What does the noun superlatives mean?

In everyday life and popular culture, 

the word superlatives is often used 

to refer to titles or phrases used to describe a person. 

For example

many high school yearbooks often feature “senior superlatives” that describe a person’s personality or qualities, sometimes in a humorous or tongue-in-cheek way. 

 

These often take the form of phrases such as “Most Likely to Succeed,” “Best Smile,” or “Cutest Couple” that actually use superlative adjectives. 

However, these superlatives may not always use superlative adjectives, 

such as “Class Clown” or “Future Millionaire.” 

Still, the word superlative is used as a noun to refer to these labels.

 

More generally, 

the word superlative may be used as a noun to mean a superlative adjective. 

For example

an angry boss may say that they can think of a few choice superlatives to describe their best employee.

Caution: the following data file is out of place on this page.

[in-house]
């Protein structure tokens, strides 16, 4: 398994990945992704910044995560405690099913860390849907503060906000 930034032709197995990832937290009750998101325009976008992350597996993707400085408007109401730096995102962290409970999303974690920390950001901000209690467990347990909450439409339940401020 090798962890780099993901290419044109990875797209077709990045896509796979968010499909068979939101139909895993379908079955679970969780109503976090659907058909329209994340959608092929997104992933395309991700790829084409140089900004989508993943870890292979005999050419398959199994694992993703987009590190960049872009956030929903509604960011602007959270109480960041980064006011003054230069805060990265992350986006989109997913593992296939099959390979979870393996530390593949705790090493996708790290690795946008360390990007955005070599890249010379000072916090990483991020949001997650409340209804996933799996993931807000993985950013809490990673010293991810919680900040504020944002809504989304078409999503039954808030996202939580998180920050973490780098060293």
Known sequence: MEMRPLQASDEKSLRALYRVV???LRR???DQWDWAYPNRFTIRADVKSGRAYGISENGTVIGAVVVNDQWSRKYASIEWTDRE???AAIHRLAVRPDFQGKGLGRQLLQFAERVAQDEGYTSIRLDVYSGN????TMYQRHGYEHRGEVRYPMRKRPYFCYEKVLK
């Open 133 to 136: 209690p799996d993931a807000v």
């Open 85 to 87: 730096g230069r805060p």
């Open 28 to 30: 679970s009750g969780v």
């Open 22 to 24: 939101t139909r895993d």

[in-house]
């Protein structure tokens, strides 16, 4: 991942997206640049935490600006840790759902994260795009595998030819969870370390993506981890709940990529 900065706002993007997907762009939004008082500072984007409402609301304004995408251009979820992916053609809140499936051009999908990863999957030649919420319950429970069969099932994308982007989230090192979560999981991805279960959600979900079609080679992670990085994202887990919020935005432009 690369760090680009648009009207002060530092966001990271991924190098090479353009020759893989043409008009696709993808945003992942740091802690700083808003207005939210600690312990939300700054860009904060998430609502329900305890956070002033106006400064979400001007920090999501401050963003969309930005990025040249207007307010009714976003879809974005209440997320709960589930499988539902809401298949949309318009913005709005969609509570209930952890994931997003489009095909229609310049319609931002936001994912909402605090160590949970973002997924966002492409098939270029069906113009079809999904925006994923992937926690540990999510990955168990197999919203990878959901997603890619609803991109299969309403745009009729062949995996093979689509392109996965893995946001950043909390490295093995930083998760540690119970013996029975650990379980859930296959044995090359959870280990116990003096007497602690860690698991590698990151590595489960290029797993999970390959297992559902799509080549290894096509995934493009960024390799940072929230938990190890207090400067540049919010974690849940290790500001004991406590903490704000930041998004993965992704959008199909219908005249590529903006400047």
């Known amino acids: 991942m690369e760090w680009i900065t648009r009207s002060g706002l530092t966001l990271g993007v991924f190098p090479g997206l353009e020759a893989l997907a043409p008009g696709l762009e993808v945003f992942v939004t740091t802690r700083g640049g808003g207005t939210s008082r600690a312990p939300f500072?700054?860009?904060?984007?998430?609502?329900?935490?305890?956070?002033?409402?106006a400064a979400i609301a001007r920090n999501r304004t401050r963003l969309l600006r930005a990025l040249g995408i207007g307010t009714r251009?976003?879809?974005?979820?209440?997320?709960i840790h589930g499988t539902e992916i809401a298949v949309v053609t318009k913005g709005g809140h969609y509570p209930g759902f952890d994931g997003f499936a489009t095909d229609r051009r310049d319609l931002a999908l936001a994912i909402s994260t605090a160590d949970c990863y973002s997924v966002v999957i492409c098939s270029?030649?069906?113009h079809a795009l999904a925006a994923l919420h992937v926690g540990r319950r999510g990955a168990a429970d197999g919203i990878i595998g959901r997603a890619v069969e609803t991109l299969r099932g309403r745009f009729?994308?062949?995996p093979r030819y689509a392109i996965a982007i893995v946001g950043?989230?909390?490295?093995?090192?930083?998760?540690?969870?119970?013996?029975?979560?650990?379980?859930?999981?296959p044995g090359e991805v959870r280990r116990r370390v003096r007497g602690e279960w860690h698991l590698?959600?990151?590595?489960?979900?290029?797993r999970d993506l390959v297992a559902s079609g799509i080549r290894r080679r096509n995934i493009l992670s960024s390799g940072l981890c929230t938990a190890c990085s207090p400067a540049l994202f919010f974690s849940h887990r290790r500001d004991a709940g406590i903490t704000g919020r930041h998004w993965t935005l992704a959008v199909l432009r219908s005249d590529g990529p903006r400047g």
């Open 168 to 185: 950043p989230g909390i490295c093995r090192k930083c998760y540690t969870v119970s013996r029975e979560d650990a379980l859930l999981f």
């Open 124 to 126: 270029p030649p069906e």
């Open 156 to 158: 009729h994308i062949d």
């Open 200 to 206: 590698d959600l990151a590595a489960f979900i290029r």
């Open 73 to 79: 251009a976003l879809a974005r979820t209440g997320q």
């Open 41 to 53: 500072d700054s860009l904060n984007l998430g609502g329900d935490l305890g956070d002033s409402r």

These could include words such as fastestmost creative, or other superlative superlatives.

 

Superlatives adjective examples in a sentence

Let’s look at different examples of superlative adjectives used in sentences.

Superlative adjectives using -est

 

The following example sentences show superlative adjectives 

that use the -est form. 

  • Becky is the smartest student in the class.
  • I think that Abraham Lincoln was our greatest president.
  • If you are looking for good pizza, Luigi’s restaurant has the tastiest in town.
  • Out of all my pets, my old cat Nala is the loudest.

 

Superlative adjectives using most 

Longer adjectives generally use the words most and least 

when used as superlative adjectives. 

We use the word most to say that something demonstrates 

the highest degree or is the most extreme out of all options. 

  • I think that the park downtown has the most exciting roller coasters.
  • This might be the most interesting book I have ever read.
  • Try each of these cakes and tell me which one is the most delicious.
  • Todd was wearing the most ridiculous costume at the Halloween party.

 

Superlative adjectives using least 

When using longer superlative adjectives, 

we use the word least to describe/e a noun or pronoun 

as having the lowest extreme of a quality 

or being most lacking in a particular quality.